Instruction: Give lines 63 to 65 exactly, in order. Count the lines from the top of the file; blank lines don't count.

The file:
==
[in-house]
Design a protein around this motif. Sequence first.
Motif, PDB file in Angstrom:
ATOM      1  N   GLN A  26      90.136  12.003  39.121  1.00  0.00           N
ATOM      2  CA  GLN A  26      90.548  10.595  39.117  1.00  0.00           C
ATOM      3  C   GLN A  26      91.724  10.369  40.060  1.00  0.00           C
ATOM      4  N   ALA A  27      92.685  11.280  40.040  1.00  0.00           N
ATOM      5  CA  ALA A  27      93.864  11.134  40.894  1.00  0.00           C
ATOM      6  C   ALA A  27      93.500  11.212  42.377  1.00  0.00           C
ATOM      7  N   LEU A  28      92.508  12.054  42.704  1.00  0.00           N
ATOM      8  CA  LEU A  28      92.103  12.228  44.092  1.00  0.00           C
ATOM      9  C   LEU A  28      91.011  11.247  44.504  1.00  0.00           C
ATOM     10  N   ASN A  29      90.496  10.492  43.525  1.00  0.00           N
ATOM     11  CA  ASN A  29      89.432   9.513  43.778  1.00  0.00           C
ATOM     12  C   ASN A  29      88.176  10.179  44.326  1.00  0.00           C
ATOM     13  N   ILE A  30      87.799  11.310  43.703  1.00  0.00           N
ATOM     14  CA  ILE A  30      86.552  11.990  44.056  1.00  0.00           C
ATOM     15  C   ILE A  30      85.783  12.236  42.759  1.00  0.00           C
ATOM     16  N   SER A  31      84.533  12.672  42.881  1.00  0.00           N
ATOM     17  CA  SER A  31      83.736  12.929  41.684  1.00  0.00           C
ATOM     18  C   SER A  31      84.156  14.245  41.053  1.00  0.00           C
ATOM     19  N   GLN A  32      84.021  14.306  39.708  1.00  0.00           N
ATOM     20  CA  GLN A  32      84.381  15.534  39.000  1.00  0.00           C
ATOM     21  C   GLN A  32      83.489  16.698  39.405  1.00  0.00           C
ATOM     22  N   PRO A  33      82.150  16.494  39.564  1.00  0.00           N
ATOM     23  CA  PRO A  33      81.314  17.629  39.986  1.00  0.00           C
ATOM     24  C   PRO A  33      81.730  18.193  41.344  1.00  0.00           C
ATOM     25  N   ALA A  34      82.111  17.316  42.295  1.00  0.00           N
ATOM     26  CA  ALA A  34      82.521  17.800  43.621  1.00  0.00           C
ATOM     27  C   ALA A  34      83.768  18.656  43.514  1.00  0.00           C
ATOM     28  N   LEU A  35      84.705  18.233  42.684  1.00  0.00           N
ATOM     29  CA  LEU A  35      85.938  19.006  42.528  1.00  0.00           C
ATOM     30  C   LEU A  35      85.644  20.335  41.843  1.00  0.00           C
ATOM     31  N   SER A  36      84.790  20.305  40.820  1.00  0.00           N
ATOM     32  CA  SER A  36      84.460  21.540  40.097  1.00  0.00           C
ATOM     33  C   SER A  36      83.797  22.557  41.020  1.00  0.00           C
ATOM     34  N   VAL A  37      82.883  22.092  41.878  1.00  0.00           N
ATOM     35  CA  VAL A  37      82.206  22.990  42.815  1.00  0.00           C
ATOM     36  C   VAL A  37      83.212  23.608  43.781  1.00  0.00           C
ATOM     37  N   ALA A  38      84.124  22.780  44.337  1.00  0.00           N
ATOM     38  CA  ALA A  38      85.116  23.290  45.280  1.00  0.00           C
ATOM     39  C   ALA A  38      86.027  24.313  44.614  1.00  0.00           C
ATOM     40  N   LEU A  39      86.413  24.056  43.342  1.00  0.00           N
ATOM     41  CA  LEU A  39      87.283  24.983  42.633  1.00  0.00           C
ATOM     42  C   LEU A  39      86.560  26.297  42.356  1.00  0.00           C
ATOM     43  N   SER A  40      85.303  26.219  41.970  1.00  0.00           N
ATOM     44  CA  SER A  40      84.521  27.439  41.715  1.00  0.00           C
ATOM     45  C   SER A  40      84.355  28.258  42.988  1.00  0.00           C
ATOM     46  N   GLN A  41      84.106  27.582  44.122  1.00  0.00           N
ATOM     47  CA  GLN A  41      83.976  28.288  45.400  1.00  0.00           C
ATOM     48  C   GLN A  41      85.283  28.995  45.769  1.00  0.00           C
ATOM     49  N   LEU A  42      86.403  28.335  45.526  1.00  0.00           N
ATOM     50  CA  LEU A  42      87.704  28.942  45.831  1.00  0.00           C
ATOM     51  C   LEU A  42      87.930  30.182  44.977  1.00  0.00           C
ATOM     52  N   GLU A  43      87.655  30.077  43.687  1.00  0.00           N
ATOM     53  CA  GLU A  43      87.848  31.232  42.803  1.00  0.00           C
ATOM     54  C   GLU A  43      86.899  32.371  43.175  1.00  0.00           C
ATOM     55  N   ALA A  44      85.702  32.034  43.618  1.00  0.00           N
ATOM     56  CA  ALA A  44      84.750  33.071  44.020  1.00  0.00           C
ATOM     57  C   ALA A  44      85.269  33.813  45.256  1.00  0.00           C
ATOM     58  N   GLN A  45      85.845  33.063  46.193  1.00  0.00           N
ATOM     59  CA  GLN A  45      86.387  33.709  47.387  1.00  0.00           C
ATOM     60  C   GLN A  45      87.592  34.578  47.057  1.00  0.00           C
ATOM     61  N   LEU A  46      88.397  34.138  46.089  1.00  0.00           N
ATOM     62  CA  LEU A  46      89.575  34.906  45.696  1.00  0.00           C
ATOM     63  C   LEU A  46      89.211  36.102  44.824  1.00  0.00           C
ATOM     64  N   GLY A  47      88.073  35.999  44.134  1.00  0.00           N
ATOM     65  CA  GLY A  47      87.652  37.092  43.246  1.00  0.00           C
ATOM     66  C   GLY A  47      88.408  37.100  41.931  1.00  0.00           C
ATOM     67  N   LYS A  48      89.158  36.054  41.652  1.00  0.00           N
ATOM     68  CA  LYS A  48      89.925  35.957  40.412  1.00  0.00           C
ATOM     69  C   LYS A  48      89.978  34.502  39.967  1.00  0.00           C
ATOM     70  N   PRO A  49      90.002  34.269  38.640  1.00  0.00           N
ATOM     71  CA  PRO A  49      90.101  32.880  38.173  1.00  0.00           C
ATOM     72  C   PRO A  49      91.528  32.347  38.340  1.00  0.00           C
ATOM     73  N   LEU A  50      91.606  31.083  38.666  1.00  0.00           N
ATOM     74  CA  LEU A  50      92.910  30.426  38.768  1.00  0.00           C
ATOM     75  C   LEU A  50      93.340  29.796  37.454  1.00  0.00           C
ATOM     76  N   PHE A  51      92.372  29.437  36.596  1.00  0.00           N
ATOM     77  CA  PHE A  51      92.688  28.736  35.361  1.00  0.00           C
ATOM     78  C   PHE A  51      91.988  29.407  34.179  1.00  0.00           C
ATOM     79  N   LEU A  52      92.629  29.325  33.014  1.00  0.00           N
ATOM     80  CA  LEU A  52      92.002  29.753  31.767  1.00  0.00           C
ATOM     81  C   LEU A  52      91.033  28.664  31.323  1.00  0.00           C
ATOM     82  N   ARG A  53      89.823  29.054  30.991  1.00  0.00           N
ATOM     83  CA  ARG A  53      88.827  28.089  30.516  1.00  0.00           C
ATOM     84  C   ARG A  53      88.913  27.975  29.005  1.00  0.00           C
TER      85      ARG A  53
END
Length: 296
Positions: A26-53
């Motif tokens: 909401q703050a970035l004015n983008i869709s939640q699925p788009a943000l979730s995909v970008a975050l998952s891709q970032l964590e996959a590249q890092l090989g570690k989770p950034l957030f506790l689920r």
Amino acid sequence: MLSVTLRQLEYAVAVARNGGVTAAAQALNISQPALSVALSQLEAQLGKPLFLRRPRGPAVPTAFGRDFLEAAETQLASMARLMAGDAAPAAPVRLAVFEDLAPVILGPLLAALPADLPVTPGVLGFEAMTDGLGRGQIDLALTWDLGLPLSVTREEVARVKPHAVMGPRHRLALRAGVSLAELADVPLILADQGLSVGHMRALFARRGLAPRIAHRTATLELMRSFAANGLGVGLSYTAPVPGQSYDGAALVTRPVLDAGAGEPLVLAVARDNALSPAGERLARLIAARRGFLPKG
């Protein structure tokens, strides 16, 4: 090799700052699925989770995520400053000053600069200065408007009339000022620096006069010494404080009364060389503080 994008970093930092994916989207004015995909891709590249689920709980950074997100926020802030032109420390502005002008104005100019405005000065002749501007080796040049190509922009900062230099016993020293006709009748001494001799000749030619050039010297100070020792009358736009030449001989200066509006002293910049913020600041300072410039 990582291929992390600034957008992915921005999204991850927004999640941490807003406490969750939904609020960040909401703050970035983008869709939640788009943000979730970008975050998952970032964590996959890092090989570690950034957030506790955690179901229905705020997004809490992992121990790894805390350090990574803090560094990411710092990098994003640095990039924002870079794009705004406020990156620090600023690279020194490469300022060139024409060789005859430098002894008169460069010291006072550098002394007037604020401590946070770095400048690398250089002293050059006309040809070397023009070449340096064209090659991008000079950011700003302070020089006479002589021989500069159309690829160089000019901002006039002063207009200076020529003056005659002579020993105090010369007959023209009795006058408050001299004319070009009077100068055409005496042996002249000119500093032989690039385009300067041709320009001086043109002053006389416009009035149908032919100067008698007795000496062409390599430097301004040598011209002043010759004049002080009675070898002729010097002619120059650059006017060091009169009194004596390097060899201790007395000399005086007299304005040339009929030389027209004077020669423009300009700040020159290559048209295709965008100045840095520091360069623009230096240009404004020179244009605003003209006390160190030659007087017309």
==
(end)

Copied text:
ATOM     60  C   GLN A  45      87.592  34.578  47.057  1.00  0.00           C
ATOM     61  N   LEU A  46      88.397  34.138  46.089  1.00  0.00           N
ATOM     62  CA  LEU A  46      89.575  34.906  45.696  1.00  0.00           C